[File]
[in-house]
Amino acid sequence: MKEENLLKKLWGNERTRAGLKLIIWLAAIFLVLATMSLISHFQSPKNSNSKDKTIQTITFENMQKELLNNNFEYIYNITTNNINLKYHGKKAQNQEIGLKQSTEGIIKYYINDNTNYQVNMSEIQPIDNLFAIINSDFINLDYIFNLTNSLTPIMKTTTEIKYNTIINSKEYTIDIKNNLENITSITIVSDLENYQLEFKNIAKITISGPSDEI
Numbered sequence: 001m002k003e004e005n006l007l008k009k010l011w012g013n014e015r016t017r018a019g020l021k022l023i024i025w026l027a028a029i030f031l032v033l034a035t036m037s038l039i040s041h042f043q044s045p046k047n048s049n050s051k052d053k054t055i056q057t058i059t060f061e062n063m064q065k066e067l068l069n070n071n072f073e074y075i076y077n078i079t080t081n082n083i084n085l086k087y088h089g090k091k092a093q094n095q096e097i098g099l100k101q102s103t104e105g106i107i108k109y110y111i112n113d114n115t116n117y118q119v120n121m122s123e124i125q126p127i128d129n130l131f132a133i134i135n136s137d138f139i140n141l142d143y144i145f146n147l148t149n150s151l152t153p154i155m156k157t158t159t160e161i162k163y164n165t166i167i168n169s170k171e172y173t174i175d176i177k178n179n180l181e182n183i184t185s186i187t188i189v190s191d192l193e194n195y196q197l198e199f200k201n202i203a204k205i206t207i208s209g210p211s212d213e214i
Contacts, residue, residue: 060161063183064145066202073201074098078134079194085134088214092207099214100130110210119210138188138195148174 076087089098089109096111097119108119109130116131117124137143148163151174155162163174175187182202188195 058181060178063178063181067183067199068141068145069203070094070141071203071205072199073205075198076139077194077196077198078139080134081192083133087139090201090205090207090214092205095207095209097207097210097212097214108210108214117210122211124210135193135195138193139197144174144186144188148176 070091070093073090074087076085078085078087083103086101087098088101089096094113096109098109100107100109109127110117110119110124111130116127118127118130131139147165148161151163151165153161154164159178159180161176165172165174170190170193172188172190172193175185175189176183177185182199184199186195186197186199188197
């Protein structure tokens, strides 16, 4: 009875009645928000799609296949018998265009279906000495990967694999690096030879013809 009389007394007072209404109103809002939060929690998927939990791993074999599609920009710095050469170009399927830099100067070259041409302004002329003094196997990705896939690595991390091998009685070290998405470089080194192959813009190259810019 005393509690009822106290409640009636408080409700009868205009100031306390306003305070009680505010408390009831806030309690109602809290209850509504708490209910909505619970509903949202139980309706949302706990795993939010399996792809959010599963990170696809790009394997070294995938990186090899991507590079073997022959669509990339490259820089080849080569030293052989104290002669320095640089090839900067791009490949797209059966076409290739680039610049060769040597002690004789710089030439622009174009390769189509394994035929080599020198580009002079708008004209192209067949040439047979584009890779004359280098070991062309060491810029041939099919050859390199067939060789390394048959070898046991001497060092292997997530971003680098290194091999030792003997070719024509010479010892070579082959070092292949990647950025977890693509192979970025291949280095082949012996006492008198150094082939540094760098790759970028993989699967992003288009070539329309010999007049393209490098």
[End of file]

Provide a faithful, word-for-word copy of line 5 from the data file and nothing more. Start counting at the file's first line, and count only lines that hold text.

């Protein structure tokens, strides 16, 4: 009875009645928000799609296949018998265009279906000495990967694999690096030879013809 009389007394007072209404109103809002939060929690998927939990791993074999599609920009710095050469170009399927830099100067070259041409302004002329003094196997990705896939690595991390091998009685070290998405470089080194192959813009190259810019 005393509690009822106290409640009636408080409700009868205009100031306390306003305070009680505010408390009831806030309690109602809290209850509504708490209910909505619970509903949202139980309706949302706990795993939010399996792809959010599963990170696809790009394997070294995938990186090899991507590079073997022959669509990339490259820089080849080569030293052989104290002669320095640089090839900067791009490949797209059966076409290739680039610049060769040597002690004789710089030439622009174009390769189509394994035929080599020198580009002079708008004209192209067949040439047979584009890779004359280098070991062309060491810029041939099919050859390199067939060789390394048959070898046991001497060092292997997530971003680098290194091999030792003997070719024509010479010892070579082959070092292949990647950025977890693509192979970025291949280095082949012996006492008198150094082939540094760098790759970028993989699967992003288009070539329309010999007049393209490098």